As recently as a week ago, there were headlines about how Joe Biden might be peeling away support from the one voting bloc Donald Trump can’t afford to lose: white evangelicals. The pathetic photo op in front of a church that was preceded by the tear-gassing of protesters was seen as a kind of tipping point for when evangelicals would move away from him.
Roughly 81% of them voted for Trump in 2016, and with a number that high, it can really only go down. And given Trump’s thin margins of victory in a handful of swing states, a small drop-off could be disastrous for his re-election efforts (which would be fantastic news for everyone else).
This time around, those white evangelicals will have to weigh their support for Trump’s unrelenting stream of anti-abortion judicial nominees and constant lip service to their faith with… well, *gesturing wildly in all directions*. Would the pandemic, or the story about Trump ignoring the Russian bounty on American troops, or a faltering economy do anything to push those conservative Christians in Biden’s direction?
Now we know.
They’re not budging.
According to a new survey from the Pew Research Center taken just two weeks ago — after the tear-gassing and Bible photo-op — Trump’s approval rating among white evangelicals may have fallen, but they all still plan to vote for him.
Consider this: 72% of white evangelicals currently say they approve of Trump’s job performance, which makes no sense to me whatsoever… That’s a small drop from the 77% support they gave him at the beginning of the year, but it’s still ridiculously high. No other group even comes close. (By way of comparison, Trump has a 15% approval from atheists/agnostics… and a 12% approval from Black Protestants.)
If Trump only received 72% of white evangelical votes (all other things considered), he would almost certainly lose the election. He needs those votes. He can’t afford to siphon off that many voters from his base to Biden.
But then the Pew researchers asked a more important question: If the election were today, who would you vote for?
And suddenly those white evangelicals are right back to rock bottom. 82% of them say they would vote for Trump.
They haven’t moved an inch since 2016; if anything, they’re even more in Trump’s camp now than ever before.
Trump’s continued support among white evangelical Protestants — a group that is highly religious and overwhelmingly Republican — is matched by their dislike of the Democratic Party’s presumptive nominee, Joe Biden. A large majority of white evangelical Protestants say Biden would make a “poor” (26%) or even “terrible” (49%) president, while 16% say he would make an “average” president.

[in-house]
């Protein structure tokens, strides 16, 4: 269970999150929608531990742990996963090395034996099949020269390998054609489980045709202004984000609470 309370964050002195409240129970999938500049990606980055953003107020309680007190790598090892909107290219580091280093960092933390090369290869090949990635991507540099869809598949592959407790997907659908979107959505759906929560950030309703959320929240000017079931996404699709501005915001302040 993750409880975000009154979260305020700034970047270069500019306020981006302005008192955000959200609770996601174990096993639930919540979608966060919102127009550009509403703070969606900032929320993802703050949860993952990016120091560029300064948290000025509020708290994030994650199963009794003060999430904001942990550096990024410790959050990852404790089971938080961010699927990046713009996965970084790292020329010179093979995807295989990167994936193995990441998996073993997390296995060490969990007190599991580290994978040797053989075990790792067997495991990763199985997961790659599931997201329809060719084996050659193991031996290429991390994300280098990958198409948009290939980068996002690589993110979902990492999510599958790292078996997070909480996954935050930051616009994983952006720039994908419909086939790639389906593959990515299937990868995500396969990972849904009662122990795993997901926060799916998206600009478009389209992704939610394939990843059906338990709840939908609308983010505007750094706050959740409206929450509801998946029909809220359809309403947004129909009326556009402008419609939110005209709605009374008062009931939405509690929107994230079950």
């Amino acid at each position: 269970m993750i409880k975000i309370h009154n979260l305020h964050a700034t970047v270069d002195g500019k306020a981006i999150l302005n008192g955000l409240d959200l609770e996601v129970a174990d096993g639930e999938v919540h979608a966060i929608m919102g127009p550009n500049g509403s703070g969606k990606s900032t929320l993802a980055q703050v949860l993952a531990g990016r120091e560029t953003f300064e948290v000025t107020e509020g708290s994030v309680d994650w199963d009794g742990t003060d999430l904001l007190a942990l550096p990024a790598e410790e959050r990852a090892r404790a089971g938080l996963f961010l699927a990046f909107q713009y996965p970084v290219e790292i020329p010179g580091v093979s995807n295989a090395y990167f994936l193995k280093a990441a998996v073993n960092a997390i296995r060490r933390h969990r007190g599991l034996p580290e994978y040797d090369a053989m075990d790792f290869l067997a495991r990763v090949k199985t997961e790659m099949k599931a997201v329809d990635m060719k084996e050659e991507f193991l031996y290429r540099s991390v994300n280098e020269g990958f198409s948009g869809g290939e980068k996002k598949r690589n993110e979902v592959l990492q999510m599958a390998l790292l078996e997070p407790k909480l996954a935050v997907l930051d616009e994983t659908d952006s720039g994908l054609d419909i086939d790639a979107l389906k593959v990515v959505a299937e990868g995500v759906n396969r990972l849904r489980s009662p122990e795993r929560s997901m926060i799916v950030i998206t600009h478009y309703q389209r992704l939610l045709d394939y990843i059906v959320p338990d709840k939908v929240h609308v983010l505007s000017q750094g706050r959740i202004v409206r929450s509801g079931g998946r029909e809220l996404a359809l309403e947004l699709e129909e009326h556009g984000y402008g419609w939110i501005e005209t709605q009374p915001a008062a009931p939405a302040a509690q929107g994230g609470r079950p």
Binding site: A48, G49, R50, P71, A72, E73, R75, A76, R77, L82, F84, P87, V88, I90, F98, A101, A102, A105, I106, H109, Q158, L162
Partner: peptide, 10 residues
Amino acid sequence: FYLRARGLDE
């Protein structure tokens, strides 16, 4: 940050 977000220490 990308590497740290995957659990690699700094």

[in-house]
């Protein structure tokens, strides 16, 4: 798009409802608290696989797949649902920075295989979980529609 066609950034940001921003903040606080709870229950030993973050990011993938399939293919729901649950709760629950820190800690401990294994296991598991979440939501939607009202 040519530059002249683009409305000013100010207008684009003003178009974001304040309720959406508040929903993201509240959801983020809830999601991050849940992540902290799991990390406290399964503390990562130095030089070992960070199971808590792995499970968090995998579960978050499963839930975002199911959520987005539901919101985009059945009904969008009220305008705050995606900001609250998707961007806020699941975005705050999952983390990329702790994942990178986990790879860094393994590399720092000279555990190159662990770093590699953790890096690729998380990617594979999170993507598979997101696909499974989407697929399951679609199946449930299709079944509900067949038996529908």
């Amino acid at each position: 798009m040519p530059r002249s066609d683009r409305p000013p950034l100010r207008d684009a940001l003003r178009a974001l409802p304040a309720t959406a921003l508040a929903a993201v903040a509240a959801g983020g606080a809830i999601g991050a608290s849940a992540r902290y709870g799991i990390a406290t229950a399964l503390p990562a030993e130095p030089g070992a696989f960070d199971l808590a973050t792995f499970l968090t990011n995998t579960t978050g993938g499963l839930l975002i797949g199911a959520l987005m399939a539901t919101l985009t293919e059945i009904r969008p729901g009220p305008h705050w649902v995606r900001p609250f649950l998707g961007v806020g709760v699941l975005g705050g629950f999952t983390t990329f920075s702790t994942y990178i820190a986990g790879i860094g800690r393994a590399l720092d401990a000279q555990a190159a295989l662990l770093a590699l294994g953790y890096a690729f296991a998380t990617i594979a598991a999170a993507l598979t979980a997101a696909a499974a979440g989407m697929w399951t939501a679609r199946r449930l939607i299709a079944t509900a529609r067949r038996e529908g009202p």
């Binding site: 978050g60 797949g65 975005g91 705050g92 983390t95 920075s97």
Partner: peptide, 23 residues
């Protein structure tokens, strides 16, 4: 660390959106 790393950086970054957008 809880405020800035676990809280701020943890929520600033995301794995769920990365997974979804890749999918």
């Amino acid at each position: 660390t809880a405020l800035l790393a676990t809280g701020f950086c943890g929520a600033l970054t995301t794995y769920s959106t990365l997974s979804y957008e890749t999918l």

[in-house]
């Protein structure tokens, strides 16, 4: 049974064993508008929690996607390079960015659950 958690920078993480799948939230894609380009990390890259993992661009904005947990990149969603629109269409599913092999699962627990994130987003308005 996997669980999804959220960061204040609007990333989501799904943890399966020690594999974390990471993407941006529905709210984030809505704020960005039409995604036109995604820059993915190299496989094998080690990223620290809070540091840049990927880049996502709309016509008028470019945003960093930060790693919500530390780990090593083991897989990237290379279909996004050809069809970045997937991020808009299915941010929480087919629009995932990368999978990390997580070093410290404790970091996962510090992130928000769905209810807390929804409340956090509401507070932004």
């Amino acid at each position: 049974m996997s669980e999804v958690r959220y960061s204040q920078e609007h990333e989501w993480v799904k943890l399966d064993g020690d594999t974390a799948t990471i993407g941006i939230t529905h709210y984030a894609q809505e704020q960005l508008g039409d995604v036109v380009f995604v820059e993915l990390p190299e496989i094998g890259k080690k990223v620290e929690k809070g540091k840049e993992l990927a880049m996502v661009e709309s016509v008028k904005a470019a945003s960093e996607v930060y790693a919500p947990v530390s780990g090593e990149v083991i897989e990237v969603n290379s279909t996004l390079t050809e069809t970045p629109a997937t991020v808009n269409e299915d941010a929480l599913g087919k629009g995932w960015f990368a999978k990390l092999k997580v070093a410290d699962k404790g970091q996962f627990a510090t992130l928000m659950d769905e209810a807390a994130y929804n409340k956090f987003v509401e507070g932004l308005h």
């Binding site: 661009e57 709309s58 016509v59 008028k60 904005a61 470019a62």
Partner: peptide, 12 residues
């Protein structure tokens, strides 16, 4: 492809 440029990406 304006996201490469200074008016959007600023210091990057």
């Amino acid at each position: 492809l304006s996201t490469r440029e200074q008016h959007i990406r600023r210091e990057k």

Imagine how deranged you must be to think Biden would be poor or terrible, but Trump would be fine. Apparently, white evangelicals can’t even pass an open book test. If these numbers are accurate, then even Trump voters who think he’s not good at doing his job plan to vote for him anyway. (What else do you expect from people who have repeatedly botched the simplest moral questions of our time?)
Give atheists/agnostics some credit, though. When it comes to Trump performance as president, 80% of us say he’s been poor or terrible, higher than any other group, including Black Protestants (79%).
I suppose these results aren’t too surprising. Even in 2016, white evangelicals weren’t thrilled about voting for Trump, but they were so brainwashed when it came to Hillary Clinton — believing all kinds of wild conspiracy theories about her and her alleged agenda — that no amount of pussy-grabbing from Trump was going to shake their support of the Republican nominee.
Between now and the election, you can bet his administration will continue to pander to white evangelicals while ratcheting up talk about the fears inherent in a Biden presidency. Hey, they’re used to being lied to. How would this be any different? Believing a Democratic president would take away their Bibles if elected? Sure, 30% of evangelicals have already fallen for that.
If you’re like me, then you hope Biden’s team has at least learned from Clinton’s campaign with regard to religious outreach. Evangelical voters shouldn’t be ignored and it’s at least possible for Biden to say, “We may disagree on some issues like abortion rights, but we share common values of decency, hard work, and religious freedom for everyone.” There’s reason to think this is happening. His campaign holds weekly calls with (presumably progressive) religious leaders. He’s also planning sit-down interviews with places like the Christian Broadcasting Network.
It’s also not too late for Biden’s people to make sure non-Christians who don’t typically vote are engaged and ready to do so. They ought to also do outreach specifically to Secular Americans — not because we’ll suddenly run over to Trump but because some of us may not vote at all.
But it’s still disappointing, though hardly surprising, that white evangelicals still don’t care about the utter chaos our country is in because of the incompetence of the GOP. They didn’t believe liberals who warned them before 2016. And they just don’t care after years of watching the world burn.
Somehow, despite years of pastors warning them to fight evil, sinners, and immorality, they can’t even recognize it when it’s staring them in the face.
(Image via Shutterstock. Portions of this article were published earlier)